Two more books for your summer reading list
Thanks to a short vacation, a brief respite from traveling, and my general inclination to avoid real work, I’ve been able read a lot the last few weeks. Here are two more books — neither of which has much to do with business, motivation, or talent — that I really enjoyed.
The first is Barbara Demick‘s book, Nothing to Envy, about day-to-day life in North Korea. It is — in a word — riveting. Demick interviewed about a dozen people who escaped North Korea and she uses their stories to recreate what daily life is like in one of the world’s most repressive (and downright bizarre) places. What amazed me most is that because the government controls all media — and the Internet, television, and foreign books are essentially forbidden — the people of North Korea often lack a sense of how dire their situation is. One character doesn’t fully understand until she crosses the river into China and sees that the food a family there has set out for it dog is more plentiful, tasty, and nutritious than anything she’s eaten in months. This book will linger in your mind for a long while.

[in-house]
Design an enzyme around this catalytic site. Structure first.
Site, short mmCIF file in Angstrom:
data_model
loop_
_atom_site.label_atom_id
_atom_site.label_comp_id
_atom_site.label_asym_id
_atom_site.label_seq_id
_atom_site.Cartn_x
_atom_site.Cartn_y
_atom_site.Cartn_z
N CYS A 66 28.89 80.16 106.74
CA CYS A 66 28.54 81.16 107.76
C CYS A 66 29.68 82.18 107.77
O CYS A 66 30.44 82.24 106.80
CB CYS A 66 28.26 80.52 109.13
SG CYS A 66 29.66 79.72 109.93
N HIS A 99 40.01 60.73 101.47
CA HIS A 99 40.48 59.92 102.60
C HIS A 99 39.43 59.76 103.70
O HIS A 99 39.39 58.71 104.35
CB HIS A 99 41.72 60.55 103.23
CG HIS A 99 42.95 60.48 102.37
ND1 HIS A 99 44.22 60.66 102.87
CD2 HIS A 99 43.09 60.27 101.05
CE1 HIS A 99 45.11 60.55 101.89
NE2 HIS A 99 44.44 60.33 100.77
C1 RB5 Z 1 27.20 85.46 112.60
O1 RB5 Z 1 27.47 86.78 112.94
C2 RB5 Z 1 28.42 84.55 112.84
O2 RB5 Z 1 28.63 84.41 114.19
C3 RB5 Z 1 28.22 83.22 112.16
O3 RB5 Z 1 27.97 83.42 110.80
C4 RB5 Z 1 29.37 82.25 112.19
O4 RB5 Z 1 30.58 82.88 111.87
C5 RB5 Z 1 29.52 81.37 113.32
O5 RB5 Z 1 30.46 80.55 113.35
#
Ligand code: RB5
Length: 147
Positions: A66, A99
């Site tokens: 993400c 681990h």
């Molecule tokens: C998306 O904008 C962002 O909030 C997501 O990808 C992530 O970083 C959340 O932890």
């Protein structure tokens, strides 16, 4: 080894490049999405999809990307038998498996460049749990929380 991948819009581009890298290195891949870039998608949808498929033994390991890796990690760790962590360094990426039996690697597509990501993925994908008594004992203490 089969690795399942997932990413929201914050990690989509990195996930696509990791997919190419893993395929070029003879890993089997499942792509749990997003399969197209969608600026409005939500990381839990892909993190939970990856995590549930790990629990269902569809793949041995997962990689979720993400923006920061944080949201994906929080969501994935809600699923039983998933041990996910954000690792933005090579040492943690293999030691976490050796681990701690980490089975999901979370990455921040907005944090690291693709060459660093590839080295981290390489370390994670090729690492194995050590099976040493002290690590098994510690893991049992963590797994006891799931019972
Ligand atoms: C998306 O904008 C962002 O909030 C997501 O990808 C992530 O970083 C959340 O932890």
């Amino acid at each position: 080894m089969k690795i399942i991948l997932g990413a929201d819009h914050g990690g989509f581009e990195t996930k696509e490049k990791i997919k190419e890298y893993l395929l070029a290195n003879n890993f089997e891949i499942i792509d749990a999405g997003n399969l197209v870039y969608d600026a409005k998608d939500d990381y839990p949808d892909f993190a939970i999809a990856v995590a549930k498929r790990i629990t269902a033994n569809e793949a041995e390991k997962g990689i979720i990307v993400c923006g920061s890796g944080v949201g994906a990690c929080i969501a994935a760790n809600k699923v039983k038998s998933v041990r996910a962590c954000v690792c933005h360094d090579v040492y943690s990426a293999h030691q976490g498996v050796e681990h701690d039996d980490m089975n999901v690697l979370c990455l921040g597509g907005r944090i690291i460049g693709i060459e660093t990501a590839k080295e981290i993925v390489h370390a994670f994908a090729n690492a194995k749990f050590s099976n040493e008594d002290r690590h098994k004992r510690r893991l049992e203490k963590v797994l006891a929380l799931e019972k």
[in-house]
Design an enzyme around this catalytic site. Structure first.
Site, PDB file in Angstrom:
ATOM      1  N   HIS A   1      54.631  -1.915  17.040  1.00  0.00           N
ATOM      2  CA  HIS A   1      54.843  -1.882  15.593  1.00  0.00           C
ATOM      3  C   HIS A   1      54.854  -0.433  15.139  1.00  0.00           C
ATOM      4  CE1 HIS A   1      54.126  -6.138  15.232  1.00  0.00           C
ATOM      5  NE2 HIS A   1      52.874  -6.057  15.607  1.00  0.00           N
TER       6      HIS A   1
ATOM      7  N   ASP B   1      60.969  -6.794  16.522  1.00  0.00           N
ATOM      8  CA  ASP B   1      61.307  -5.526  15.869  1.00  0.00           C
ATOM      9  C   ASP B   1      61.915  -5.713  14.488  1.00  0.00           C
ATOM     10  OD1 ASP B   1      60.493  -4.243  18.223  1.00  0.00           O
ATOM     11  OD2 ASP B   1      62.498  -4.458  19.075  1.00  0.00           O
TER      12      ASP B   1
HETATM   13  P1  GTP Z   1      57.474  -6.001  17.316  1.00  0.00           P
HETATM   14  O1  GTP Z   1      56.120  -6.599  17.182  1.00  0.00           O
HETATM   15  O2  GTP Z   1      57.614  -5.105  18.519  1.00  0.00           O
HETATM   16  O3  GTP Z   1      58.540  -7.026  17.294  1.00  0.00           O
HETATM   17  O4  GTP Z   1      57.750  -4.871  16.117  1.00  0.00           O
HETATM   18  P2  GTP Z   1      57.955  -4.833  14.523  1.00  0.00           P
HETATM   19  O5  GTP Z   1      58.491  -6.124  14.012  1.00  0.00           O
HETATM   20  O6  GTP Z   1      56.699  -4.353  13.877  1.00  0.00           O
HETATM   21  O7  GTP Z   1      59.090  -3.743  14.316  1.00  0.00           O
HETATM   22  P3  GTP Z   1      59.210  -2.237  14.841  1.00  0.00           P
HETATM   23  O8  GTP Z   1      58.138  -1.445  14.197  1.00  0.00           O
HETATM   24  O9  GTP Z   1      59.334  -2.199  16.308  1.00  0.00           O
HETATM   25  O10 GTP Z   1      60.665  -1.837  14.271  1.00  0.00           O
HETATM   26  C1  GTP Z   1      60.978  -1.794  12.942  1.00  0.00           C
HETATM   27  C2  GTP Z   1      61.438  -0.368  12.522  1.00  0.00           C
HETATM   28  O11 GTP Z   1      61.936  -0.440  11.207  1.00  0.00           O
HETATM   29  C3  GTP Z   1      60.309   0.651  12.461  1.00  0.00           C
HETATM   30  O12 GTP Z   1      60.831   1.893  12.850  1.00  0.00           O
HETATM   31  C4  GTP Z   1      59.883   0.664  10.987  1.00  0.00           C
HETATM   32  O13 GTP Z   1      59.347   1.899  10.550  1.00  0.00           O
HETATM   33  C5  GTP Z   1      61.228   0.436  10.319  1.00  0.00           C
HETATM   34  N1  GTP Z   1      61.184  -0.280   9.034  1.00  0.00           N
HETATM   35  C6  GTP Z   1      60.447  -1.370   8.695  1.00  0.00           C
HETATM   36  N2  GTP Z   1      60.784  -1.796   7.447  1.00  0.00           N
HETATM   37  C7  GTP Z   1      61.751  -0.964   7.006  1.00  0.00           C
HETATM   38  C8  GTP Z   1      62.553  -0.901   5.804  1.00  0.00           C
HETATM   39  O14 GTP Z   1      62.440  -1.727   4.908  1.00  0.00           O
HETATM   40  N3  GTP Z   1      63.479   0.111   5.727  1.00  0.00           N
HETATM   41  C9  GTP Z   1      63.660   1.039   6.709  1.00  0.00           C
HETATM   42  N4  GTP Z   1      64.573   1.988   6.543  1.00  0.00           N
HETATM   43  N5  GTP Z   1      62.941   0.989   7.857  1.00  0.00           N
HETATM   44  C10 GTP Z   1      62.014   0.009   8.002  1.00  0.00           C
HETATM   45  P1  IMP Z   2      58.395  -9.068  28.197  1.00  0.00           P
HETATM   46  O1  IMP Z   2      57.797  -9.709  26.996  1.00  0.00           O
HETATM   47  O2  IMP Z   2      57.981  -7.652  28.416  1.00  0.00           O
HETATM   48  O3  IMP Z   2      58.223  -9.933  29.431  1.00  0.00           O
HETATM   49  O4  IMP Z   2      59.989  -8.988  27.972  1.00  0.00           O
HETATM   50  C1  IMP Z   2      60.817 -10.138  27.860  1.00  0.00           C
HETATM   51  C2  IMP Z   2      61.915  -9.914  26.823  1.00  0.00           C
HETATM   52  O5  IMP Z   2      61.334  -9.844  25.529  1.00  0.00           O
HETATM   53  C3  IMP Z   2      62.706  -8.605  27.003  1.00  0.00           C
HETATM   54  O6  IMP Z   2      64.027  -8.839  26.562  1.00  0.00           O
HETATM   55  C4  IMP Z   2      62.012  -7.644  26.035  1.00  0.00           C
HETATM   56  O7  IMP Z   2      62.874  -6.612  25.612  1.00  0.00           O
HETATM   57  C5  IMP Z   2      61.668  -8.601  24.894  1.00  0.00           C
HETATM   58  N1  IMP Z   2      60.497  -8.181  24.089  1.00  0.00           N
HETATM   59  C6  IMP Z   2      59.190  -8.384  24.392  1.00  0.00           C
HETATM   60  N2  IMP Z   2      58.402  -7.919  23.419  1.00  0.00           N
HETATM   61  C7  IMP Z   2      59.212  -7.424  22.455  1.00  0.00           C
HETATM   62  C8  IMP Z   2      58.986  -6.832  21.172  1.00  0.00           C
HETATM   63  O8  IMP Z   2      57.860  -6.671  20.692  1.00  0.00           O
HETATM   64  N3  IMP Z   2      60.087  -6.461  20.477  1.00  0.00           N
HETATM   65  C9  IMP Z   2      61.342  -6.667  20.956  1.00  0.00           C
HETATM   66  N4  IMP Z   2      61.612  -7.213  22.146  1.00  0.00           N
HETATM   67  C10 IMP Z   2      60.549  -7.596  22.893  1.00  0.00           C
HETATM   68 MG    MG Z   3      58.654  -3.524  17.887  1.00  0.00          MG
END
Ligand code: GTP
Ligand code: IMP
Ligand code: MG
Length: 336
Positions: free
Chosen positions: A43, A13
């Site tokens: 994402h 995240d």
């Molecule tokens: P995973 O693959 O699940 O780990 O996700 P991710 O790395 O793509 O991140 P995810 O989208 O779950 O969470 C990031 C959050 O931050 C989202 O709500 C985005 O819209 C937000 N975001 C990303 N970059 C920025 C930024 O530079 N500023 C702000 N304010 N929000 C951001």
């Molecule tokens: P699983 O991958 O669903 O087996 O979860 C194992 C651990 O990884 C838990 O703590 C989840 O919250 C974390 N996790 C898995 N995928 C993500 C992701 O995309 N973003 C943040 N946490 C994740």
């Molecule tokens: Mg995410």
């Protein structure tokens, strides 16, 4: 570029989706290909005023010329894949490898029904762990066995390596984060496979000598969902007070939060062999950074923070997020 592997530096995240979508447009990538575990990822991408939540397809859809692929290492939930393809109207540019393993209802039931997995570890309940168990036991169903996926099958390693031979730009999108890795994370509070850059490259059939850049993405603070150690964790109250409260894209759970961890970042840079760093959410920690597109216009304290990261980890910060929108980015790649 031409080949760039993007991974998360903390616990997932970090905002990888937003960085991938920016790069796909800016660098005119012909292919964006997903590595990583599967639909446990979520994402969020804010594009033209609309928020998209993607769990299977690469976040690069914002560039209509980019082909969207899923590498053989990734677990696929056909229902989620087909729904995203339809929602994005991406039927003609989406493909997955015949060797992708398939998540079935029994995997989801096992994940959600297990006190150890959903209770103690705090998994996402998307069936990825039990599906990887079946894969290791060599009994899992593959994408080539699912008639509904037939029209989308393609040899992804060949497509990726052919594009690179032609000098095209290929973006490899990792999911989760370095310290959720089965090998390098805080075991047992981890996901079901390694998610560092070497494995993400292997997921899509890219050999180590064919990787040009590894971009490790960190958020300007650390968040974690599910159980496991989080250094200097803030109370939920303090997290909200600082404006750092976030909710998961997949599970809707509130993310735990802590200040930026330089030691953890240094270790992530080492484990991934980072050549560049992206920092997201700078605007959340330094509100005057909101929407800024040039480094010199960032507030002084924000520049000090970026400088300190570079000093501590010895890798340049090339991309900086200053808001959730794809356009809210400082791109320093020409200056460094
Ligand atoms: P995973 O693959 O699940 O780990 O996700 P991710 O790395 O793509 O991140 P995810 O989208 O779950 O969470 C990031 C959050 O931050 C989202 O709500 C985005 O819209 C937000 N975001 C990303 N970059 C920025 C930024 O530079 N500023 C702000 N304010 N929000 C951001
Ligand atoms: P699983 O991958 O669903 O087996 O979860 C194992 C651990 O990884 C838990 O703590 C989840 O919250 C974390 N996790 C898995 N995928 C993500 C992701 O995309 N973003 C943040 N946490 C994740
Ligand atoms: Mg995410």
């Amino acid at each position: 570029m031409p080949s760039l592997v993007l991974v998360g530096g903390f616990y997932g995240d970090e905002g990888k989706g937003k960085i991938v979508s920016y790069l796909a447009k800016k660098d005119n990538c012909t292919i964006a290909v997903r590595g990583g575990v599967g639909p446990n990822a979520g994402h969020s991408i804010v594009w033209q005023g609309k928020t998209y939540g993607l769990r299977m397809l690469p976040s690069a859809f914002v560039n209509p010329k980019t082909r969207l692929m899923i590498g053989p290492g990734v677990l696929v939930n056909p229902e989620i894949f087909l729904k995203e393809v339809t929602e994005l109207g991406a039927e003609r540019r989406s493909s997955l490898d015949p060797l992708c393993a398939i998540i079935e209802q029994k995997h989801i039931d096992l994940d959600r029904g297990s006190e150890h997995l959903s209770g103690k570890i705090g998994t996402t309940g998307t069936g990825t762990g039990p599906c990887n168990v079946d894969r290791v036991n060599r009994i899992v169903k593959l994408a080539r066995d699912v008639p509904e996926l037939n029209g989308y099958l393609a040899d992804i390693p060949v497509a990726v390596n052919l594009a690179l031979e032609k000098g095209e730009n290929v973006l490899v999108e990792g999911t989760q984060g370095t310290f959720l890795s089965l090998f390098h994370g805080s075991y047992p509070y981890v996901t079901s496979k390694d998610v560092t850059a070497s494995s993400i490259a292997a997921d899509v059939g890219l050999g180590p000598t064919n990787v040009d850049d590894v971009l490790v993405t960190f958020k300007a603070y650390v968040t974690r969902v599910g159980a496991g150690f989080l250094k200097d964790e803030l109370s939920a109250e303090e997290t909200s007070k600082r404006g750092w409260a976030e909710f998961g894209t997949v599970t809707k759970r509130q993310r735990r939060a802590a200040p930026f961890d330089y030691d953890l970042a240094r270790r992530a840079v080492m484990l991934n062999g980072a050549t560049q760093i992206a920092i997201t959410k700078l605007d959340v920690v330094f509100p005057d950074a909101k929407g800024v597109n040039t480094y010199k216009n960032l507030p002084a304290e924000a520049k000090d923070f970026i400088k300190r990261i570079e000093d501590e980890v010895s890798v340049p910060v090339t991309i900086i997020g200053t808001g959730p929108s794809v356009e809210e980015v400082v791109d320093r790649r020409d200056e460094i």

The other book is The Imperfectionists by Tom Rachman. This one’s a novel — and a unique one at that. Each chapter focuses on a single character, all of whom work at a sinking international newspaper in Rome. Their lives are sad and comical at the same time — giving the novel a bittersweet flavor that reminded me of And Then We Came to the End. Rachman also uses short italicized passages at the end of each chapter to tell the backstory of the newspaper. But The Imperfectionists is more than a tour de force of clever structure. The structure serves the narrative beautifully and deepens and intensifies the story. For a taste, check out this excerpt.